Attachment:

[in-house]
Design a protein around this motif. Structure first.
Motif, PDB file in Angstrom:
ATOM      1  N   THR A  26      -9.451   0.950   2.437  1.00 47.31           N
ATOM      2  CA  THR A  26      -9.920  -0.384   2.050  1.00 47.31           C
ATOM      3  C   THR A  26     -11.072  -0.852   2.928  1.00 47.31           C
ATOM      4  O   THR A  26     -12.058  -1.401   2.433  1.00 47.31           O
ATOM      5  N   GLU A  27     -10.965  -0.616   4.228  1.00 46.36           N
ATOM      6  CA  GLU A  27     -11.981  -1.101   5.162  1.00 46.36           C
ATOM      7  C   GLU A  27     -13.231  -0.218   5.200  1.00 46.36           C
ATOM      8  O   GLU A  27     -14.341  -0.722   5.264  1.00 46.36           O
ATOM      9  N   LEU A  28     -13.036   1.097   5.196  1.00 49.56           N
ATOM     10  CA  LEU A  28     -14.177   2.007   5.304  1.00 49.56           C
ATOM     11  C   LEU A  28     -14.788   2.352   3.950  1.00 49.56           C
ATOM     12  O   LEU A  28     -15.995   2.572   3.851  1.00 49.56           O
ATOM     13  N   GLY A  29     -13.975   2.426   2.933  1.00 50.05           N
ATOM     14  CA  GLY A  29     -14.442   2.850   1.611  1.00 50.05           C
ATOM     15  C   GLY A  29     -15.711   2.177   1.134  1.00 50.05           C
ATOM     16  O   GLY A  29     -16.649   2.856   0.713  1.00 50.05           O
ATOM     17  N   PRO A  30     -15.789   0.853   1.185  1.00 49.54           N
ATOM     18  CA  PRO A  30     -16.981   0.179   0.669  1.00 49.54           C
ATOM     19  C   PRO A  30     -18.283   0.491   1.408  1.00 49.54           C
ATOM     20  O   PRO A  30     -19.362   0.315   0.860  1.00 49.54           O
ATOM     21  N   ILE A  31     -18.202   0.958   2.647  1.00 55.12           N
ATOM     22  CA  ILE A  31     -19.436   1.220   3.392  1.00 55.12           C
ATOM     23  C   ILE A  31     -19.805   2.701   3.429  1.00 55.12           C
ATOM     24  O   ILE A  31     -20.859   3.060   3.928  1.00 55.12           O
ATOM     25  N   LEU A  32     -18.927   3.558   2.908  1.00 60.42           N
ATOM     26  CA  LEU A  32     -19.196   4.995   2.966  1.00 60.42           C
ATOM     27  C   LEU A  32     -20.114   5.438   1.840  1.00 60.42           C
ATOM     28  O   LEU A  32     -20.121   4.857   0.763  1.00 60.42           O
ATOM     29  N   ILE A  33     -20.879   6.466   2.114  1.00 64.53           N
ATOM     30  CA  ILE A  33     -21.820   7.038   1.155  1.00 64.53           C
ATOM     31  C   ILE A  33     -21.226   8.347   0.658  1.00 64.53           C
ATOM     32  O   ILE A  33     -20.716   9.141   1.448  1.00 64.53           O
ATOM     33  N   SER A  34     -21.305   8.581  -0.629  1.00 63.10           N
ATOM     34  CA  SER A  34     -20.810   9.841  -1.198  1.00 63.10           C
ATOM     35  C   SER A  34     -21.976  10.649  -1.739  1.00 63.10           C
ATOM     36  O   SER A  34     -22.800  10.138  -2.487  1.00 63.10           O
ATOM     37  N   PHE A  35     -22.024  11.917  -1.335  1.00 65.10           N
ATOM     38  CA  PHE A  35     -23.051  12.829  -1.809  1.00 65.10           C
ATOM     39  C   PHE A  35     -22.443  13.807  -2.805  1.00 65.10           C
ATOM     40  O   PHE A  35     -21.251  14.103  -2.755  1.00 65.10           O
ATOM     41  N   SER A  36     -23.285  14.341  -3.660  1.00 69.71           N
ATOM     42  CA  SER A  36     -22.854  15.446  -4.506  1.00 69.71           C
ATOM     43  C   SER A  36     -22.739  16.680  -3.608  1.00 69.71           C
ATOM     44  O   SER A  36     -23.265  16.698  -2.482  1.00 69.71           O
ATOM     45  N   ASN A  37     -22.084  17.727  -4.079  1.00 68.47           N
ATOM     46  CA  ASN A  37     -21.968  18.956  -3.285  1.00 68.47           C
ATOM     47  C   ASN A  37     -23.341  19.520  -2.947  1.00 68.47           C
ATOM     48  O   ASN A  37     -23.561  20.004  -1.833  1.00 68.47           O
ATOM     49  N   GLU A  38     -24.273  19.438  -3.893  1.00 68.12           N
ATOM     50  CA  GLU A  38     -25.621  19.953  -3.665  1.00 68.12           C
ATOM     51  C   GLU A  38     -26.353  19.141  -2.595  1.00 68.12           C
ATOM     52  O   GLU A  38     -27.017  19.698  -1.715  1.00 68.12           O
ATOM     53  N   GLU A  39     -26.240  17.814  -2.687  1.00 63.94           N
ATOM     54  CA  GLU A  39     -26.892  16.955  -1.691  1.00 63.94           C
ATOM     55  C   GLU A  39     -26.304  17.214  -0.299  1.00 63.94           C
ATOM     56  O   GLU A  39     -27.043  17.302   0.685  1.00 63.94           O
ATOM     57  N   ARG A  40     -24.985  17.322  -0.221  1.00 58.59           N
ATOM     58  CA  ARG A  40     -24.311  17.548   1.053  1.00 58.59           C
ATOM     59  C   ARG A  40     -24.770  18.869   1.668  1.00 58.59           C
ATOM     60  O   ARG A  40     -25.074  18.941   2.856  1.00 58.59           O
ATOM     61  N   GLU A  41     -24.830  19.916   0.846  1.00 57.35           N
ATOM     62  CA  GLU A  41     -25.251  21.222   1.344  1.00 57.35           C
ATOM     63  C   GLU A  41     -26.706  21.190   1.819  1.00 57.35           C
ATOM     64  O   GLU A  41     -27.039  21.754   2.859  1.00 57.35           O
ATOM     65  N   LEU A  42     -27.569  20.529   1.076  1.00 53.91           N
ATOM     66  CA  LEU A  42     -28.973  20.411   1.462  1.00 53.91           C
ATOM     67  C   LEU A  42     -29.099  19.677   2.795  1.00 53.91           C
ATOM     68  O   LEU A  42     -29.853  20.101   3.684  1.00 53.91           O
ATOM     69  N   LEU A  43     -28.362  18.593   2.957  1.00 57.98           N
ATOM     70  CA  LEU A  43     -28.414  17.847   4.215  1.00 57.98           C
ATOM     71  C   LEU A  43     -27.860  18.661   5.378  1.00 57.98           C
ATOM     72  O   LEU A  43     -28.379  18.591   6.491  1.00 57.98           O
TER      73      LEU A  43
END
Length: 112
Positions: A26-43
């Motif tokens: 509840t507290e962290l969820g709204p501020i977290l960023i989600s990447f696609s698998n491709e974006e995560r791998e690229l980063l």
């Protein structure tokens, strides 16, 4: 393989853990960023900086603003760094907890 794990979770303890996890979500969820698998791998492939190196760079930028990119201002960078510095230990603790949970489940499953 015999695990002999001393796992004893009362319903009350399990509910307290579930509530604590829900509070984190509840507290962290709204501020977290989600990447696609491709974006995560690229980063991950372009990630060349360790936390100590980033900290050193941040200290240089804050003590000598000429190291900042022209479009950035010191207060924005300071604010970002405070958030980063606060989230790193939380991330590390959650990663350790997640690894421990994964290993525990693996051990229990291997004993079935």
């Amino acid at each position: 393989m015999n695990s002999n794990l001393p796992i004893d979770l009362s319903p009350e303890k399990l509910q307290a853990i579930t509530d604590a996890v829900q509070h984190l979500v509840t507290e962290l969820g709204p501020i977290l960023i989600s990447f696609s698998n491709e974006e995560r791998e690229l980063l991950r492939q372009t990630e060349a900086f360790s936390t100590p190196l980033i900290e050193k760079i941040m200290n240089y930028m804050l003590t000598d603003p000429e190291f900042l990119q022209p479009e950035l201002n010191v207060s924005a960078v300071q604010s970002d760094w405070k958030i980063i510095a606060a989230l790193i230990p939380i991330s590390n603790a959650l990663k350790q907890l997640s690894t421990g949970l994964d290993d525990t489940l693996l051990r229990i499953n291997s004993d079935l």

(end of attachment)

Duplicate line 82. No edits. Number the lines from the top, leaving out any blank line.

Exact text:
């Amino acid at each position: 393989m015999n695990s002999n794990l001393p796992i004893d979770l009362s319903p009350e303890k399990l509910q307290a853990i579930t509530d604590a996890v829900q509070h984190l979500v509840t507290e962290l969820g709204p501020i977290l960023i989600s990447f696609s698998n491709e974006e995560r791998e690229l980063l991950r492939q372009t990630e060349a900086f360790s936390t100590p190196l980033i900290e050193k760079i941040m200290n240089y930028m804050l003590t000598d603003p000429e190291f900042l990119q022209p479009e950035l201002n010191v207060s924005a960078v300071q604010s970002d760094w405070k958030i980063i510095a606060a989230l790193i230990p939380i991330s590390n603790a959650l990663k350790q907890l997640s690894t421990g949970l994964d290993d525990t489940l693996l051990r229990i499953n291997s004993d079935l």